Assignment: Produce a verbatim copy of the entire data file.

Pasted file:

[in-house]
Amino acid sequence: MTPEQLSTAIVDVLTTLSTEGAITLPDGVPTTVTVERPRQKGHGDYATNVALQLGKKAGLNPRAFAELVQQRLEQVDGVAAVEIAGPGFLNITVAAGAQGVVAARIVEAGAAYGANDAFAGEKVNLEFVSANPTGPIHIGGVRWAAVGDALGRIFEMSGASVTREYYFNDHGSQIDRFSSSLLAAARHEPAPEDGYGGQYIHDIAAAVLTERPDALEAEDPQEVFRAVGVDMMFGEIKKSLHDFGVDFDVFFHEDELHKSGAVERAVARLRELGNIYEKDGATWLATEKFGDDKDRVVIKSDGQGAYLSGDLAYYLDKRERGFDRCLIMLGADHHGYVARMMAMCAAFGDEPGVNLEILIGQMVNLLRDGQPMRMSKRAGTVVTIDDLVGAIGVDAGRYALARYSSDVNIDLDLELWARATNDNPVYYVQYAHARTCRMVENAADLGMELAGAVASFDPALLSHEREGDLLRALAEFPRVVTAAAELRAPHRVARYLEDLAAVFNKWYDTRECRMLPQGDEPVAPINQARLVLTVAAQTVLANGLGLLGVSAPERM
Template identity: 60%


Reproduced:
[in-house]
Amino acid sequence: MTPEQLSTAIVDVLTTLSTEGAITLPDGVPTTVTVERPRQKGHGDYATNVALQLGKKAGLNPRAFAELVQQRLEQVDGVAAVEIAGPGFLNITVAAGAQGVVAARIVEAGAAYGANDAFAGEKVNLEFVSANPTGPIHIGGVRWAAVGDALGRIFEMSGASVTREYYFNDHGSQIDRFSSSLLAAARHEPAPEDGYGGQYIHDIAAAVLTERPDALEAEDPQEVFRAVGVDMMFGEIKKSLHDFGVDFDVFFHEDELHKSGAVERAVARLRELGNIYEKDGATWLATEKFGDDKDRVVIKSDGQGAYLSGDLAYYLDKRERGFDRCLIMLGADHHGYVARMMAMCAAFGDEPGVNLEILIGQMVNLLRDGQPMRMSKRAGTVVTIDDLVGAIGVDAGRYALARYSSDVNIDLDLELWARATNDNPVYYVQYAHARTCRMVENAADLGMELAGAVASFDPALLSHEREGDLLRALAEFPRVVTAAAELRAPHRVARYLEDLAAVFNKWYDTRECRMLPQGDEPVAPINQARLVLTVAAQTVLANGLGLLGVSAPERM
Template identity: 60%